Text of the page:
News recently splashed on the internet that data centers in the UK were using hosepipes to keep cool amidst the heat wave, spraying roof-mounted air conditioning units with water. Small data centers running close to full capacity were using the spray to lower the ambient temperature around the air conditioning unit’s coils to ensure they dissipated heat effectively.
Now, here’s the thing. Experts say that using temporary solutions like hosepipes to cool data centers may do more harm than good as they are possibly shortening the equipment’s life. Hard water for instance if used to hose the equipment can lead to scaling as opposed to properly designed evaporative cooling systems using treated water.
Cooling is crucial to data centers, and companies are doing everything they can to get it right because they know if hardware gets too hot, it can increase failure rates and result in downtime leading to losses in revenue and productivity. Cooling also accounts on average for about 40% of energy use in a datacentre, so it pays to make cooling as efficient as possible.
Different companies are exploring different alternatives. Some are experimenting with direct water cooling of server hardware, some are swapping out fan coolers in servers for water blocks, and others are placing regular air-cooled servers in special water-cooled racks.
They did what?!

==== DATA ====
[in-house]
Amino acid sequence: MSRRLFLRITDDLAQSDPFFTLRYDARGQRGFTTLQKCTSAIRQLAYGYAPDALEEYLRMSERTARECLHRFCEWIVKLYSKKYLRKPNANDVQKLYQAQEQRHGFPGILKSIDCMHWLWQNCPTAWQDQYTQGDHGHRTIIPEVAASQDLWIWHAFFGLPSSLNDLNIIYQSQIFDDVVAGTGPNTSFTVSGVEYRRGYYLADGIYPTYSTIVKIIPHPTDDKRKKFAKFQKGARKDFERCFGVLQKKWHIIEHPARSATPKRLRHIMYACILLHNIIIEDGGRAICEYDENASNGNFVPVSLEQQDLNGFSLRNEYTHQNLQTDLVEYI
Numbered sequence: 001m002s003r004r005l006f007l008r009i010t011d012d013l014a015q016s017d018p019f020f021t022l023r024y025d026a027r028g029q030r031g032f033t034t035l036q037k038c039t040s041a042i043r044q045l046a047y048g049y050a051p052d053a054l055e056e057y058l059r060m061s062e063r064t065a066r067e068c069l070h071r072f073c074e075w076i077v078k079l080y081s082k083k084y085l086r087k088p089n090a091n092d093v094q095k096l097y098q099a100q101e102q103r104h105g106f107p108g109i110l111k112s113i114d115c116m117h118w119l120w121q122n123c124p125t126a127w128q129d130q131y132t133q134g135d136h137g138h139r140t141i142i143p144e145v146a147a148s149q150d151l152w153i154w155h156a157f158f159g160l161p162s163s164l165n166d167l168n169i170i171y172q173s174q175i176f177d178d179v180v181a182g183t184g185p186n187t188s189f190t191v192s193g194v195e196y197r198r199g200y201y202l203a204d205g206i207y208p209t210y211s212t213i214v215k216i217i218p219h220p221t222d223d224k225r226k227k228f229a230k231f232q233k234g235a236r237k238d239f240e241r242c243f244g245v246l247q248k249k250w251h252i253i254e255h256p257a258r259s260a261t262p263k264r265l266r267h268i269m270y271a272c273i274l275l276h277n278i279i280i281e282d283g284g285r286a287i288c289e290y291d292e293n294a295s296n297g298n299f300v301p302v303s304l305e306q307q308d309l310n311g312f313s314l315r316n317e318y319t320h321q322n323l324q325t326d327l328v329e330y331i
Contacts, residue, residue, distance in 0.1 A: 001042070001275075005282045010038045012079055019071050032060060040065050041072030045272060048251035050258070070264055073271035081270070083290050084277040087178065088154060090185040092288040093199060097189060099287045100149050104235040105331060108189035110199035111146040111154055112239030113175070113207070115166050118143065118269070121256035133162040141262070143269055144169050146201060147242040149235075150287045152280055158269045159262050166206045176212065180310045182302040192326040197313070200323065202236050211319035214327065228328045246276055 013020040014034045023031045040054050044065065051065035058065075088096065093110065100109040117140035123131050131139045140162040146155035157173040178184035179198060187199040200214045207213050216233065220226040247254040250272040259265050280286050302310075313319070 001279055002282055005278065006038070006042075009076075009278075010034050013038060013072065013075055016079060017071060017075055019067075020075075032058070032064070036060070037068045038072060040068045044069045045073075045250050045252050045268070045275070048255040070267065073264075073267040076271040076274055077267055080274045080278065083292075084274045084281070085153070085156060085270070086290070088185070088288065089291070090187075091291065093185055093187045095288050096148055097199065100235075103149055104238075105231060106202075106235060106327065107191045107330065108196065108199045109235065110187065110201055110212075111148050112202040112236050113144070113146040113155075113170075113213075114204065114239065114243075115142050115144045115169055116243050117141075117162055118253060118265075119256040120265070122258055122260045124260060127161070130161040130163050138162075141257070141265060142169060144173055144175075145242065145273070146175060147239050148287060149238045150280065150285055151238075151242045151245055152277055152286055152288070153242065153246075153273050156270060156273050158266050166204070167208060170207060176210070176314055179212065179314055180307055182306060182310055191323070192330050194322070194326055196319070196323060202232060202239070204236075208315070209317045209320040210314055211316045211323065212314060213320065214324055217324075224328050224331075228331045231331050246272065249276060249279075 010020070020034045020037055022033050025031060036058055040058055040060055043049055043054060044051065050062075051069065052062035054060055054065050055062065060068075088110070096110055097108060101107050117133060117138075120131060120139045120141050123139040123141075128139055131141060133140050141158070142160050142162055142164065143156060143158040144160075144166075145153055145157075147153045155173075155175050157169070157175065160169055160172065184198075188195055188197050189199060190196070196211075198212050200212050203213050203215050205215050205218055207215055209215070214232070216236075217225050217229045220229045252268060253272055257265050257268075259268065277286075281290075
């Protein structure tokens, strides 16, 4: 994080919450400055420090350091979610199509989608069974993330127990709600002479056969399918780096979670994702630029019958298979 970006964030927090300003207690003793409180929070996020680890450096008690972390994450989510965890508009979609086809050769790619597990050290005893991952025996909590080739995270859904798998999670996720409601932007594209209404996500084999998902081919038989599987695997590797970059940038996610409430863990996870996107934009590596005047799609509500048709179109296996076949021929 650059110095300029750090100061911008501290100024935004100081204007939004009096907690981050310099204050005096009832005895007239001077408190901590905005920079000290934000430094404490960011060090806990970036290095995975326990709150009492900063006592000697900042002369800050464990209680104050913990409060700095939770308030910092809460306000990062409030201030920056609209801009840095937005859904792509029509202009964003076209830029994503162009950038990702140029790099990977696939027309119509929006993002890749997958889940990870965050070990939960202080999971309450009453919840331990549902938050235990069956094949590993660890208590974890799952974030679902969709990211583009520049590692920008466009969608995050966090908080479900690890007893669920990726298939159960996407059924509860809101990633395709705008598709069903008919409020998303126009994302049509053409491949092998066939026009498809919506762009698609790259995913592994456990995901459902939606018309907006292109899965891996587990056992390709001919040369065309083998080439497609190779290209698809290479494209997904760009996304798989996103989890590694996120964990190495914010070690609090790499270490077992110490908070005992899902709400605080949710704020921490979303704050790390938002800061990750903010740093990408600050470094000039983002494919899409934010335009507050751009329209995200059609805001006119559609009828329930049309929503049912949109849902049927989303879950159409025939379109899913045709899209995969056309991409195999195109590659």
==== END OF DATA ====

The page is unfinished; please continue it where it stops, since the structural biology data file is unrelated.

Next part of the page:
In 2018, Microsoft ran an underwater data center in a sealed tube! The project ran for two years and had some benefits like reduced land costs and better cooling. The company has now developed a two-phase immersion cooling tank for data center use to submerge conventional servers in a proprietary liquid developed by 3M. As the server hardware heats up, the liquid heats up and absorbs huge amounts of energy in the latent heat of vaporization, required for the liquid to boil. The gaseous coolant then cools the servers.
More recently, Chinese hyperscale data center provider Chindata announced a new waterless cooling system, the world’s first they say, claiming that it enables data centers to work without consuming any water, giving it a water usage effectiveness figure of zero.
Tried and tested cooling methods
Now, while the above are the more novel methods, there are several tried and tested cooling techniques in use at data centers, such as:
Proper aisle containment extracts warm air to keep the temperatures low
Raised flooring to help vent out hot air efficiently
Water cooling or liquid coolants help keep the temperature better regulated at a lower cost
Every little bit counts when it comes to cooling
When it comes to cooling, every little bit — investing in the right data center hardware and accessories for example — counts. Hardy Racks for instance has a SMART Cooling Unit (Cooling Fan Tray), which is among its best-selling products. This help with facilitating air flow within the rack by adding ventilation where it is needed most. The unit sits directly on top of rack enclosures. These are usually used in conjunction with blanking panels to maximize airflow. Get in touch with us to know more.